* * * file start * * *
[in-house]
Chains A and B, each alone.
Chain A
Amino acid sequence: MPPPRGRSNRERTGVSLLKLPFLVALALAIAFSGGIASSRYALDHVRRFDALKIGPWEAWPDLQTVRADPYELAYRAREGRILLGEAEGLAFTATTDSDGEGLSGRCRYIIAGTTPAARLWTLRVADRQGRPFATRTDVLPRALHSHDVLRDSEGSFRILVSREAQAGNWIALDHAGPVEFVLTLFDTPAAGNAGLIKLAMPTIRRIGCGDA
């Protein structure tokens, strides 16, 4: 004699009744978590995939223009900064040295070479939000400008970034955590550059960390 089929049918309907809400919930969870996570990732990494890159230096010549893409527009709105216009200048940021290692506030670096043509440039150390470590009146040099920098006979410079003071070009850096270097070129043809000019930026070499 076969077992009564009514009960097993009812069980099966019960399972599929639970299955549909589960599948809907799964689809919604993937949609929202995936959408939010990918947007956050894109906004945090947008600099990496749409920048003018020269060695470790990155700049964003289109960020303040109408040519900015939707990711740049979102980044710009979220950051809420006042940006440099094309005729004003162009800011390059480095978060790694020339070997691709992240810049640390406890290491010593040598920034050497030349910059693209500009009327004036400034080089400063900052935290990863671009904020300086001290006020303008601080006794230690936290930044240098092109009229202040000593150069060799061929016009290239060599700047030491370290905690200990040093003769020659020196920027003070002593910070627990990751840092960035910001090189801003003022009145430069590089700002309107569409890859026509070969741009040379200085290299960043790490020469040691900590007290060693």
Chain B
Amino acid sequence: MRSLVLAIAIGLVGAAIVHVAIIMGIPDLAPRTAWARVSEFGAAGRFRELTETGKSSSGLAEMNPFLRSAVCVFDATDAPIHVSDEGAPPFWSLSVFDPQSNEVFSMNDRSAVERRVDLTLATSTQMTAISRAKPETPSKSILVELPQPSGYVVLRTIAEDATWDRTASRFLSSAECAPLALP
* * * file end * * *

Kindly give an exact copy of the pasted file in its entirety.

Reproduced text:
[in-house]
Chains A and B, each alone.
Chain A
Amino acid sequence: MPPPRGRSNRERTGVSLLKLPFLVALALAIAFSGGIASSRYALDHVRRFDALKIGPWEAWPDLQTVRADPYELAYRAREGRILLGEAEGLAFTATTDSDGEGLSGRCRYIIAGTTPAARLWTLRVADRQGRPFATRTDVLPRALHSHDVLRDSEGSFRILVSREAQAGNWIALDHAGPVEFVLTLFDTPAAGNAGLIKLAMPTIRRIGCGDA
């Protein structure tokens, strides 16, 4: 004699009744978590995939223009900064040295070479939000400008970034955590550059960390 089929049918309907809400919930969870996570990732990494890159230096010549893409527009709105216009200048940021290692506030670096043509440039150390470590009146040099920098006979410079003071070009850096270097070129043809000019930026070499 076969077992009564009514009960097993009812069980099966019960399972599929639970299955549909589960599948809907799964689809919604993937949609929202995936959408939010990918947007956050894109906004945090947008600099990496749409920048003018020269060695470790990155700049964003289109960020303040109408040519900015939707990711740049979102980044710009979220950051809420006042940006440099094309005729004003162009800011390059480095978060790694020339070997691709992240810049640390406890290491010593040598920034050497030349910059693209500009009327004036400034080089400063900052935290990863671009904020300086001290006020303008601080006794230690936290930044240098092109009229202040000593150069060799061929016009290239060599700047030491370290905690200990040093003769020659020196920027003070002593910070627990990751840092960035910001090189801003003022009145430069590089700002309107569409890859026509070969741009040379200085290299960043790490020469040691900590007290060693």
Chain B
Amino acid sequence: MRSLVLAIAIGLVGAAIVHVAIIMGIPDLAPRTAWARVSEFGAAGRFRELTETGKSSSGLAEMNPFLRSAVCVFDATDAPIHVSDEGAPPFWSLSVFDPQSNEVFSMNDRSAVERRVDLTLATSTQMTAISRAKPETPSKSILVELPQPSGYVVLRTIAEDATWDRTASRFLSSAECAPLALP